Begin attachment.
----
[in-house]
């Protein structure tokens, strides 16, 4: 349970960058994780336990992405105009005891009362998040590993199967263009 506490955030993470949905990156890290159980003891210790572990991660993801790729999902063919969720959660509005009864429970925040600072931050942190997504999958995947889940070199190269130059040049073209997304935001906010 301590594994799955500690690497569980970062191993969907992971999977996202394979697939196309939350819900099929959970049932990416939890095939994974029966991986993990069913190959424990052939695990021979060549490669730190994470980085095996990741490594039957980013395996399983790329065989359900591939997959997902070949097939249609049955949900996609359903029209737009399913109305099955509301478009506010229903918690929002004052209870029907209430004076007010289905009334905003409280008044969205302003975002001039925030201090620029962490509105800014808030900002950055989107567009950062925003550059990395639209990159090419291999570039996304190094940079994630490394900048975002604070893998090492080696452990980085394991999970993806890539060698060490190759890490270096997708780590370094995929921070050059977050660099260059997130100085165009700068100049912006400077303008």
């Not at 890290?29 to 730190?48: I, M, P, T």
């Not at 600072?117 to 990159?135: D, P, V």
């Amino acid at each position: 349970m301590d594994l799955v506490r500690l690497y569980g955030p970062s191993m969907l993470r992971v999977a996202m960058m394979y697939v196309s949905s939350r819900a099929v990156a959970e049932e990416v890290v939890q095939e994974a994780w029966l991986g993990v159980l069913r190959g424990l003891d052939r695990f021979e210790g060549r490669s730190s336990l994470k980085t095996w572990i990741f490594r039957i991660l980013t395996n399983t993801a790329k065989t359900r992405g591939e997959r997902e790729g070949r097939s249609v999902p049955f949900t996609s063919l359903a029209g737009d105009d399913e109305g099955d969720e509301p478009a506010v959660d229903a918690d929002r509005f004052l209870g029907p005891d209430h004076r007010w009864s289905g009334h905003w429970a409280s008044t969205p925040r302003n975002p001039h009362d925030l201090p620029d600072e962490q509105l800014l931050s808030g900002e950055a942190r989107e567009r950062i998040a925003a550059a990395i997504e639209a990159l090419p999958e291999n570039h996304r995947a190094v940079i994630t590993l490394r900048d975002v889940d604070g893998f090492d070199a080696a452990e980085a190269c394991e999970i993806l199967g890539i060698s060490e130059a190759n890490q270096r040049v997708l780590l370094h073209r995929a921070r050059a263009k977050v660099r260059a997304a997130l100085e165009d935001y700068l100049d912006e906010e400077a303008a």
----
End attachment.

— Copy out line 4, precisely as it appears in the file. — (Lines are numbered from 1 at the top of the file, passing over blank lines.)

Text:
């Not at 600072?117 to 990159?135: D, P, V």